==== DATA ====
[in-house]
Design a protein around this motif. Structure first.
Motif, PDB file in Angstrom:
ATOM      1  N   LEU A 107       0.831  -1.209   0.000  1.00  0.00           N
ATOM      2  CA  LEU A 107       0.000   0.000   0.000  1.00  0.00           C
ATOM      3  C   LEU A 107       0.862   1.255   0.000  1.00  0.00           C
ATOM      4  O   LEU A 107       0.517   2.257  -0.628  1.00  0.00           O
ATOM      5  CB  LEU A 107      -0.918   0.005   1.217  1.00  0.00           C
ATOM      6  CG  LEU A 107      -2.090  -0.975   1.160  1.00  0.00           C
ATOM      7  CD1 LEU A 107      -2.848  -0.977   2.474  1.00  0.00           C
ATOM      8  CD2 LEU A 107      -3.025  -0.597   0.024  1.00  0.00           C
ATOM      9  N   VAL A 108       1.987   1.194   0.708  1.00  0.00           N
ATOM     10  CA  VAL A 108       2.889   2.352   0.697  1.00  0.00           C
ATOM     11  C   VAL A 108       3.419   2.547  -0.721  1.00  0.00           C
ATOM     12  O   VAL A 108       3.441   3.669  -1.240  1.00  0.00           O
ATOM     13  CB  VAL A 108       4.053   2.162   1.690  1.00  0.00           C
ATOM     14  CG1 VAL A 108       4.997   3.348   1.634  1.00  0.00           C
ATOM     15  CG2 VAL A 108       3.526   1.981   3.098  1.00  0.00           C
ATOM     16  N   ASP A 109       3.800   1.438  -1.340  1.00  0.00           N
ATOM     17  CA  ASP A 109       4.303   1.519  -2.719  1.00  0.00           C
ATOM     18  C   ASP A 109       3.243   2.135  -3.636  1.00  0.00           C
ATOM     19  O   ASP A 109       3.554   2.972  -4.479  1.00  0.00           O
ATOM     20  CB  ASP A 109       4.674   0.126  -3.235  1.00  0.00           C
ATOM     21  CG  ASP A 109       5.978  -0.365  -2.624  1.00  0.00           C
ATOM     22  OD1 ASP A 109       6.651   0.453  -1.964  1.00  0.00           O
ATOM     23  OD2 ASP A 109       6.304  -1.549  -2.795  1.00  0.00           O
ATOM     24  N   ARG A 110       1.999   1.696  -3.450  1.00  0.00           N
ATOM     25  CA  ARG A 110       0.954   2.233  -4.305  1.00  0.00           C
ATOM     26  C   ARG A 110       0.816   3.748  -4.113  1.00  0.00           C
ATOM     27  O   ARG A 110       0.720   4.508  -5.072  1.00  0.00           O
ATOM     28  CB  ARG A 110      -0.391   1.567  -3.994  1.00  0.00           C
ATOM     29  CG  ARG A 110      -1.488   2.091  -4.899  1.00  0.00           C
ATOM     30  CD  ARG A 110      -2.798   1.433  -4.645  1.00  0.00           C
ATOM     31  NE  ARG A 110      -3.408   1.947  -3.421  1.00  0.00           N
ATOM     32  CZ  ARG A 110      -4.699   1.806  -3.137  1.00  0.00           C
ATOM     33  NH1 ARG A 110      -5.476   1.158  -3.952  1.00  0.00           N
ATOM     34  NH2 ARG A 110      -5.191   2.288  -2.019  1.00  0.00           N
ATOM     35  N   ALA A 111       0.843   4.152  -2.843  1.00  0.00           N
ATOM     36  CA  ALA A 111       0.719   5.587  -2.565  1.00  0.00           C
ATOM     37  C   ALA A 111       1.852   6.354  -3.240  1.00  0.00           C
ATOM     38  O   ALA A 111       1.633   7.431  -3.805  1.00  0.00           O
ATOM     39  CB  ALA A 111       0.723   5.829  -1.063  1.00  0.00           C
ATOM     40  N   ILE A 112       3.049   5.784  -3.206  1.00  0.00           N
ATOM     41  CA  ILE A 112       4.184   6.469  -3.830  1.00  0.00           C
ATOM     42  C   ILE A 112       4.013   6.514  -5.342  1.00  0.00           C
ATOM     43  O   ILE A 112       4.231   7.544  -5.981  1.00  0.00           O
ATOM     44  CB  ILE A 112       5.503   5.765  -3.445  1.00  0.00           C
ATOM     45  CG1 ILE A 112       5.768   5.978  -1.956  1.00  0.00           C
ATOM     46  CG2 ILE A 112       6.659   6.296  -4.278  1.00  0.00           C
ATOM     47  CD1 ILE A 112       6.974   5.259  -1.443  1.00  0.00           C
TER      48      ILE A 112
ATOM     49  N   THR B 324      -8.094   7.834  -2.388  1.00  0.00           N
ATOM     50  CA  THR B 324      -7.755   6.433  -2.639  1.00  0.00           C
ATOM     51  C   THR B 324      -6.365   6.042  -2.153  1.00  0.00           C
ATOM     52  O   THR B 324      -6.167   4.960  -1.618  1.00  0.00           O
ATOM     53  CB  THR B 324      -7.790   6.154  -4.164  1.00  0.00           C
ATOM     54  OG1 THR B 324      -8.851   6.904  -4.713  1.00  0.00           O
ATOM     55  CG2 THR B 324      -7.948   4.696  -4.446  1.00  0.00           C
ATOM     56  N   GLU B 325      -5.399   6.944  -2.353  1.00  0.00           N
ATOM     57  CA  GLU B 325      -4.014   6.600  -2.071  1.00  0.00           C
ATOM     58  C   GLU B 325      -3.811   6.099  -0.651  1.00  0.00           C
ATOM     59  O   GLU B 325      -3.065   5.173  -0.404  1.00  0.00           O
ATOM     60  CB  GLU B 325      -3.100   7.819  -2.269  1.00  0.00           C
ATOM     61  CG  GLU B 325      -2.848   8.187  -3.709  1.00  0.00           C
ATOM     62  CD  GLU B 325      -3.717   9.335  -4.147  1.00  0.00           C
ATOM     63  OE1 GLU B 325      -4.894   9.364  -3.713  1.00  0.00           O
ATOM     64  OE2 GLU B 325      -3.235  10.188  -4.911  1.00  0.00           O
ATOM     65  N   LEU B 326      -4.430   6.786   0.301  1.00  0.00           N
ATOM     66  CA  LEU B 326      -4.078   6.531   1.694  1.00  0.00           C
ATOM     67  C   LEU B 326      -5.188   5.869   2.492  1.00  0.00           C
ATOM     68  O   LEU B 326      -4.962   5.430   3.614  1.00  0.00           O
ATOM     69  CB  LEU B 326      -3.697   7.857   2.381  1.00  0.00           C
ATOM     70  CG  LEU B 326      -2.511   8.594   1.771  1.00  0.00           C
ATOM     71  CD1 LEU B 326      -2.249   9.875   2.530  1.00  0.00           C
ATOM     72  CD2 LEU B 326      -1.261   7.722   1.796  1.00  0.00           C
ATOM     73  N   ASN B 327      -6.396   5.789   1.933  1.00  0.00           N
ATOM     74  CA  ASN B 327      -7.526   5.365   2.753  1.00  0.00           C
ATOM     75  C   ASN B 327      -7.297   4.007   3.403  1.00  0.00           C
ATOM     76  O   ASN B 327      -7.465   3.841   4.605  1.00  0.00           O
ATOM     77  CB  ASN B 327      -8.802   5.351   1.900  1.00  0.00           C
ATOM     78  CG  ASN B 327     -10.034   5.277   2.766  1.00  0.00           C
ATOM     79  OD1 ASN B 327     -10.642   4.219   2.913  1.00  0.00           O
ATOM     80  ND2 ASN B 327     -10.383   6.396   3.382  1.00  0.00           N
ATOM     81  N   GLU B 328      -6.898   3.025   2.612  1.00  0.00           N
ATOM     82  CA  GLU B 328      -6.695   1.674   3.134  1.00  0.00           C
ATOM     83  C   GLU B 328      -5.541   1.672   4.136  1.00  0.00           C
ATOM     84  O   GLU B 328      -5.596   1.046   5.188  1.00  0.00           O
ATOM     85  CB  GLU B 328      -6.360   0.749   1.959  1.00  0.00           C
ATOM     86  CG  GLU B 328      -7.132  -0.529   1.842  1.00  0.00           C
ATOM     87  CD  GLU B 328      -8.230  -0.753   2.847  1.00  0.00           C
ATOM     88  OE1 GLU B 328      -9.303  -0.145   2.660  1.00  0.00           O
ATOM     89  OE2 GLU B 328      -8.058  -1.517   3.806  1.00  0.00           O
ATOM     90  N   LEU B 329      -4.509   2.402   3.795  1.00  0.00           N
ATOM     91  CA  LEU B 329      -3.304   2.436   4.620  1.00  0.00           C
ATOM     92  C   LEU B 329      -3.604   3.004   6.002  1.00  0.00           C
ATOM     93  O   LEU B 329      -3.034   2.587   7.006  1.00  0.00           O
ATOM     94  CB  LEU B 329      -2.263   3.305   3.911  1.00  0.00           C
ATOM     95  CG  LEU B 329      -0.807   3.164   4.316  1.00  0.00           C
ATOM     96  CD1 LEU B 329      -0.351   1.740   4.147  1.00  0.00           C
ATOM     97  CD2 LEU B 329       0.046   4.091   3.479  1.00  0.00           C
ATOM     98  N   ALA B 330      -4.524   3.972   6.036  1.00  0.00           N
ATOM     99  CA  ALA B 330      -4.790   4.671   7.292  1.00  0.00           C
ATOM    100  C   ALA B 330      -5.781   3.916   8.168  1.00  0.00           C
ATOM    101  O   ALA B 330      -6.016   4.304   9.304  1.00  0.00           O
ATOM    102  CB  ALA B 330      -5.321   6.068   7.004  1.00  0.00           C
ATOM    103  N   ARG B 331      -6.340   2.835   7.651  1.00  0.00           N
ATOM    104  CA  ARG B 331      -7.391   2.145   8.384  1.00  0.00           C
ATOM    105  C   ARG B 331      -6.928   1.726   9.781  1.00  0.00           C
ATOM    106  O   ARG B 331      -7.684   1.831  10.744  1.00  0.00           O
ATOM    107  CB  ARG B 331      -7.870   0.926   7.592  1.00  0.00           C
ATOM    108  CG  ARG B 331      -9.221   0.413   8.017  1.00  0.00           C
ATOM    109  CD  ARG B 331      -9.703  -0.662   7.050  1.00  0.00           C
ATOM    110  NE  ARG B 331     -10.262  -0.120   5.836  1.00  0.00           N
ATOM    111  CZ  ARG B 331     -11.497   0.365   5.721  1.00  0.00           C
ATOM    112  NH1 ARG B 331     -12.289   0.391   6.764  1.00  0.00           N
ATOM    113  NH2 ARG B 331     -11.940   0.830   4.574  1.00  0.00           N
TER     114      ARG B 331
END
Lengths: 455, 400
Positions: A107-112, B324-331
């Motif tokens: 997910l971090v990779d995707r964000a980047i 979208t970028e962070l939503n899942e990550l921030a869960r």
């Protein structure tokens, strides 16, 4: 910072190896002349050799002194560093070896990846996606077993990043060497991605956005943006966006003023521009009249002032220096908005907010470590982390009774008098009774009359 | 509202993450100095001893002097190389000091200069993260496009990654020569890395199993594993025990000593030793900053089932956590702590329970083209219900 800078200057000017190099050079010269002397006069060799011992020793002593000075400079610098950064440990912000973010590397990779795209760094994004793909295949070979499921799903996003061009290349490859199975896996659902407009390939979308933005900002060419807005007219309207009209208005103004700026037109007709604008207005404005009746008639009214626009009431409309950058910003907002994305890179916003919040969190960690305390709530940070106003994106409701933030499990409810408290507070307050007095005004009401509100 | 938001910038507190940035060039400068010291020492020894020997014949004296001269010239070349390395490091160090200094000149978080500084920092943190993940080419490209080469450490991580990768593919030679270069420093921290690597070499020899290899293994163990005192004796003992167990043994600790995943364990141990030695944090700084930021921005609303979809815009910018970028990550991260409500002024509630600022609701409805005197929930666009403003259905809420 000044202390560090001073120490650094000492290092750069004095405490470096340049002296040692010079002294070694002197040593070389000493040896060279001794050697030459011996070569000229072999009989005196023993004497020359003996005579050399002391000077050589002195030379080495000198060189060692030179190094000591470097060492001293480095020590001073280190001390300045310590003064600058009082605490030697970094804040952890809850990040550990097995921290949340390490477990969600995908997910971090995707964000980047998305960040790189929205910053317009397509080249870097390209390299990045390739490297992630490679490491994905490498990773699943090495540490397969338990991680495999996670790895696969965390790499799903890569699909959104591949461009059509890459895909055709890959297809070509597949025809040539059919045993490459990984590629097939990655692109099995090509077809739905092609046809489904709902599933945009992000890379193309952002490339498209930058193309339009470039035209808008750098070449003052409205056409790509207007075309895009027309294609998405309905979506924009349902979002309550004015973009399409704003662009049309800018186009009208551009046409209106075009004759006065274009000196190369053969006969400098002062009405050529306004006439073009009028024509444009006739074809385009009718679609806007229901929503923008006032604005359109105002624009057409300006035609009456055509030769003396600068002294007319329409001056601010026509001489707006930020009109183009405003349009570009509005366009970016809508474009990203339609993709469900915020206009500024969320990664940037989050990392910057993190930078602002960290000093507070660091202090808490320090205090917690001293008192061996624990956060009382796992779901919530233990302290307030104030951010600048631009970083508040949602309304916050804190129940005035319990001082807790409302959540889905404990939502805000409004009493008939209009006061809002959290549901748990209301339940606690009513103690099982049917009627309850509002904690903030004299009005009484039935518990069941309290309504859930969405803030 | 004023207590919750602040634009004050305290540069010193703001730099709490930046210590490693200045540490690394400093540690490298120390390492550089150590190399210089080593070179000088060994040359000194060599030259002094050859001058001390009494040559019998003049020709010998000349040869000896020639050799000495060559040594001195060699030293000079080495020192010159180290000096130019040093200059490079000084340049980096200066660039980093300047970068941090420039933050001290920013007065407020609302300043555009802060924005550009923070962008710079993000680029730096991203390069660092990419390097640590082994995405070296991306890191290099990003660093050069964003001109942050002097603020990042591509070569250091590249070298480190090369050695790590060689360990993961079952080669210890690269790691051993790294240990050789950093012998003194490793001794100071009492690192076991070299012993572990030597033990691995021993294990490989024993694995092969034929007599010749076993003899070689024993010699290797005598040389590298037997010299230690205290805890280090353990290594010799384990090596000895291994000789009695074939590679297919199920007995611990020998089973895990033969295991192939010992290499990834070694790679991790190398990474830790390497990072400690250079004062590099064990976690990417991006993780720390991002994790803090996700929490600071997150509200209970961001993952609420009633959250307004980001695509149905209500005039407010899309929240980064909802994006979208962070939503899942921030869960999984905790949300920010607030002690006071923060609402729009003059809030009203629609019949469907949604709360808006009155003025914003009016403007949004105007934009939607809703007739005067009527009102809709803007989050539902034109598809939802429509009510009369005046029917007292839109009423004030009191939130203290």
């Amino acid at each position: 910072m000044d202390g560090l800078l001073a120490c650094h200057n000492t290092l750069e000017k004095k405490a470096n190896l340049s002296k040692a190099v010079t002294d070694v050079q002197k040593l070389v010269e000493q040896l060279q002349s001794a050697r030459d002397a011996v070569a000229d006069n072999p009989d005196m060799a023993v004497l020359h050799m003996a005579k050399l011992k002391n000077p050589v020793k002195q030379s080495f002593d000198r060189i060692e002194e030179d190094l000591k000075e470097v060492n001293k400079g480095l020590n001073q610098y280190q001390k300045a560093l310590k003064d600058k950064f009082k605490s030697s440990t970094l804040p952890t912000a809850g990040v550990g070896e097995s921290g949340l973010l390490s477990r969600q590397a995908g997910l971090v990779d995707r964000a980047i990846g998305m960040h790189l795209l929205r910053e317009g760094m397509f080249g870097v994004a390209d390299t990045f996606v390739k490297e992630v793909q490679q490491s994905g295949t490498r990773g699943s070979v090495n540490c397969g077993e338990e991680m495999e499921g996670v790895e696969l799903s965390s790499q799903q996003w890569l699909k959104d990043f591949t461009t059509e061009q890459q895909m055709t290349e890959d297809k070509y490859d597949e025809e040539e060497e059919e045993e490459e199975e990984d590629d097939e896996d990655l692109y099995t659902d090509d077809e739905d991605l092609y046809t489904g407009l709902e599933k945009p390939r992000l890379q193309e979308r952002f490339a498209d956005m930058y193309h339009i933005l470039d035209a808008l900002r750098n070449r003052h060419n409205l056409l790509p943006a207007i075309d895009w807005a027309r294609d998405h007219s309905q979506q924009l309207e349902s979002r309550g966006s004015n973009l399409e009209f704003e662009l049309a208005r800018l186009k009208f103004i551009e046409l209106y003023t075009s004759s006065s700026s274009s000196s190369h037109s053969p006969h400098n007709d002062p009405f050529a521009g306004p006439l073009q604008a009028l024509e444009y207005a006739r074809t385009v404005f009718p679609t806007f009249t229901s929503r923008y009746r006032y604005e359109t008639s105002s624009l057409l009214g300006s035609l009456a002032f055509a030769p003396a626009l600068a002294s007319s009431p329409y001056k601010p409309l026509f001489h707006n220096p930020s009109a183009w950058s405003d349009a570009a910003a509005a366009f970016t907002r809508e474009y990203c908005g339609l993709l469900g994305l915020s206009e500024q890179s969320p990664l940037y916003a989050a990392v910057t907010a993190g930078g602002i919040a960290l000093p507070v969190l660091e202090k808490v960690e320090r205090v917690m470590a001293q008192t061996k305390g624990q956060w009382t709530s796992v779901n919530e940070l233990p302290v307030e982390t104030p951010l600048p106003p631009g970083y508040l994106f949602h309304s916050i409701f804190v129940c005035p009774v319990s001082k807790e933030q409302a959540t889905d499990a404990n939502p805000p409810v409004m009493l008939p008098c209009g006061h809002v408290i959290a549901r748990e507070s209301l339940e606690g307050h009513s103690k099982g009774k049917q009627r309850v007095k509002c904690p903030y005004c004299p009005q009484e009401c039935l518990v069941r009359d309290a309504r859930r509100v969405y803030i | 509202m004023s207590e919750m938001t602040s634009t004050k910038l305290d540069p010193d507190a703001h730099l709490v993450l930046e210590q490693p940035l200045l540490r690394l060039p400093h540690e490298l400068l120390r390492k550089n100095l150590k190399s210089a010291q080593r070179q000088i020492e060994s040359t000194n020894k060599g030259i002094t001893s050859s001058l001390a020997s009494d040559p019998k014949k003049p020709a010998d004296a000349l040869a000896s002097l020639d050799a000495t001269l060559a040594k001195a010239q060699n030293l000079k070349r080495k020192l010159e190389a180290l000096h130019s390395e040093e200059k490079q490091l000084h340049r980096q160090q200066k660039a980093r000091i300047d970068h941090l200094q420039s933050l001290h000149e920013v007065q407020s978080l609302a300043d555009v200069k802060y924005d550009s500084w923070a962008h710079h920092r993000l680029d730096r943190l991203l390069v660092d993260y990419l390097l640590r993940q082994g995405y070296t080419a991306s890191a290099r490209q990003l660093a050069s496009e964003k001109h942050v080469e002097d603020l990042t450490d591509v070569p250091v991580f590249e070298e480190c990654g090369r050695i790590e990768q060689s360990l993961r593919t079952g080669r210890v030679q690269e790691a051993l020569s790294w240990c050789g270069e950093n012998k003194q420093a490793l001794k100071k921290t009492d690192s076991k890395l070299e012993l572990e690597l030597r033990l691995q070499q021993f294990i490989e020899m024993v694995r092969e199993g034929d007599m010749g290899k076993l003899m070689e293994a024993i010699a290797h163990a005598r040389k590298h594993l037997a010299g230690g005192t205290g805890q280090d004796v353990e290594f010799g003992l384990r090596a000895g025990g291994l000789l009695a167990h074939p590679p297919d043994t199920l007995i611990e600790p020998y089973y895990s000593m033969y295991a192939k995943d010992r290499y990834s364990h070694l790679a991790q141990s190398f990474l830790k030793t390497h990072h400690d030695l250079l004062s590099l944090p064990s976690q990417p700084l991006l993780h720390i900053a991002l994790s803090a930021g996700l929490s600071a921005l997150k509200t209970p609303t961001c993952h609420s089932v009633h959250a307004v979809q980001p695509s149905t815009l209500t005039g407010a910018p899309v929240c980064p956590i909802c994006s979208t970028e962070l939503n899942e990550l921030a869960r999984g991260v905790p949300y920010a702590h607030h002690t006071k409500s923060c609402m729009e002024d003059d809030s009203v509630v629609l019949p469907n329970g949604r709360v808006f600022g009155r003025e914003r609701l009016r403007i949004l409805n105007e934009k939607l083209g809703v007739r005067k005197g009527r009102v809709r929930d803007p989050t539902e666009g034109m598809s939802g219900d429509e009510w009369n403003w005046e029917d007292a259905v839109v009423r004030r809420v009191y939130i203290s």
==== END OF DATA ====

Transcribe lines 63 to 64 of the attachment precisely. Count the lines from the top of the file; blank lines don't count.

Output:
ATOM     60  CB  GLU B 325      -3.100   7.819  -2.269  1.00  0.00           C
ATOM     61  CG  GLU B 325      -2.848   8.187  -3.709  1.00  0.00           C